Mr. Malick’s fragmentation of time and the continuity of narrative in THE TREE OF LIFE mirrors, I think, how we actually perceive events, and recapitulates the process of remembering the past and working through the roil of emotions in a manner that parallels the stream of consciousness techniques used by novelists such as William Faulkner and Cormack McCarthy. Giorgio Morandi, the Italian still life painter, was fond of saying, “Nothing is more abstract than reality.” On the other hand, in defense of Mr. Malick’s rapid, associative editing, one might also say, “Nothing is more real than abstraction.”

I’ve never before watched a film (except perhaps for sequences in THE NIGHT OF THE HUNTER) that has caused me to remember concretely what it was like to be a seven year old, especially the sense of unease and sudden anger in my relations with others (especially parents and teachers, in other words, those with power over me). In THE TREE OF LIFE, the children are not idealized nor seen as younger versions of adults, as happens in so many films. Instead, the child actors are allowed to express themselves as autonomous beings, giving us access to that forgotten county where all of us once lived. There’s a cruel and yet extremely tender interplay between the young Jack (brilliantly played by Hunter McCracken) and his younger brother which seemed very real to me. For instance, Jack encourages his younger brother to place his finger in an open lamp socket which Jack then plugs into the wall. Rather then recoiling in pain, the younger brother looks at Jack lovingly as the sudden jolt shocks him. There’s also a jarring scene during a hazily nostalgic Forth of July celebration in which the two boys steal a handful of fireworks and run into the woods, exploding the eggs in a bird’s nest. That cruelty and innocence (not to mention longing and direct, unmediated love) existing in children side by side is something that has been written about extensively, but to see it performed here in such an unselfconscious manner is very moving.

There’s an almost gothic sensibility at work revealing the possibility of a secret, secondary existence, far outside the programmatic notion of Grace versus Nature, in the close-ups of Hunter McCracken’s face. At certain points in the film, Mr. McCracken seems to contain two separate personalities, signaling a break in the very fabric of the film. (Call it duality, if you like, but for me these close-ups seeped outside of the film’s narrative flow.) This ambiguity is most fully realized narratively in the scene, shot in a single, breathtaking take, of young Jack stealing a slip from the unoccupied house of a young girl who sits across from him in elementary school. In the course of trying to hide the slip under a board by the river’s edge, Jack accidentally loses the silky fabric to the raging current, watching as the frilly undergarment suddenly seems to come alive as it drifts down the river out of sight. In that moment, ghosts seem to enter the film and take possession of both our own sensibilities as well as that of the young Jack’s.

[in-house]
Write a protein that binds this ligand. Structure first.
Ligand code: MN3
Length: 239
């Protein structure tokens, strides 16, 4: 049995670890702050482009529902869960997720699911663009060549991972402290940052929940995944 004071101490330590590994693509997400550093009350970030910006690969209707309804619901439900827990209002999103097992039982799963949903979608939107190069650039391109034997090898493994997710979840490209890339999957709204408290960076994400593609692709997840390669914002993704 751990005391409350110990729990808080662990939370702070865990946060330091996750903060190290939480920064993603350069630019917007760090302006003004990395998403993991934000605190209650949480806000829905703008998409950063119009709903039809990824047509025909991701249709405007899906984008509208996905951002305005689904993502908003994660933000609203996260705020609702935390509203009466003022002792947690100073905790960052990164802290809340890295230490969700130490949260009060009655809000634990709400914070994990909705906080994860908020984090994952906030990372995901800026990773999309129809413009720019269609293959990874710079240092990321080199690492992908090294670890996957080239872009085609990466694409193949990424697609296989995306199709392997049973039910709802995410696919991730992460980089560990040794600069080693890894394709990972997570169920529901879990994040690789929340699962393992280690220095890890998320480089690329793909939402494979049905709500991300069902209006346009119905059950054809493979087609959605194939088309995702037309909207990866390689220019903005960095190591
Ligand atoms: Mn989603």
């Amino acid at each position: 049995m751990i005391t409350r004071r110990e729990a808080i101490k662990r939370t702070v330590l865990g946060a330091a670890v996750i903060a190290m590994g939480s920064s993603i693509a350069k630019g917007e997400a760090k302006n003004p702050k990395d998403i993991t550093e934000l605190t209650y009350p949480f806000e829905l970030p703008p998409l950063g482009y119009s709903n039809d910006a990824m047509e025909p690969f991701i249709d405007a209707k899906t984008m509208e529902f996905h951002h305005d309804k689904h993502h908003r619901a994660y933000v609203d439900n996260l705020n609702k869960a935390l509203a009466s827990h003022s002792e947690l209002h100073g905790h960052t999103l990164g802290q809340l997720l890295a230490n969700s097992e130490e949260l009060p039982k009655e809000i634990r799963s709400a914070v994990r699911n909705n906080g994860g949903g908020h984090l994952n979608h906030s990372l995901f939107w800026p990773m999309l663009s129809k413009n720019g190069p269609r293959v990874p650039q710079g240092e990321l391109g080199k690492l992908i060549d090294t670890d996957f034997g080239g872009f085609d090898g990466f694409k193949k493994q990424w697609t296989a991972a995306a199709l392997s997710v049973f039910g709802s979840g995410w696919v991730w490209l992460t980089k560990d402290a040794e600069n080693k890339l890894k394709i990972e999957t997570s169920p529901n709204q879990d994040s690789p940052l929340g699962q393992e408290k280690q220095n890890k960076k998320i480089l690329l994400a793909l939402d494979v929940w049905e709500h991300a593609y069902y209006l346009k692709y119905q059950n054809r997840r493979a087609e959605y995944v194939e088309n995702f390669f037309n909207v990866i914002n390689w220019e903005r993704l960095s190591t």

Mr. Malick posits the flow of events from young Jack’s point of view, so that certain kinds of information about the adults surrounding him are left unspecified. In one of the most memorable scenes in the film (which is also a reference to Jean-Luc Godard’s LES CARABINIERS), Jack’s father (Brad Pitt) returns after a long absence dressed in white linen, embarking from a glimmering Chevy Impala station wagon to show Jack postcards and travel folders from around the world that he has accumulated. The light in this scene is so mysterious, every time I think about it tears come to my eyes. The light suffuses around Brad Pitt’s face in a near embrace and yet lingers outside, in the same way we sense the father wants to embrace the son and yet doesn’t.

One assumes Jack’s father is some kind of salesman, but other than this scene, there’s very little information. Anthony Lane of the New Yorker has found these ellipses extremely frustrating. For me, the lack of information is very consistent with the fact the story is told from the perspective of a child. Although my father showed me the cannibalized insides of television sets, I don’t think I really understood what he did for a living until I was 9 or 10 years old. Because Jack’s father is a frustrated classical musician ( a great deal is made of this in the film, both in terms of his precision in playing the organ and piano as well as swatches of music from his favorite composers, especially Berlioz) it’s also probable that he wouldn’t really take much pride in how he made his living and therefore wouldn’t spend much time discussing it with his son.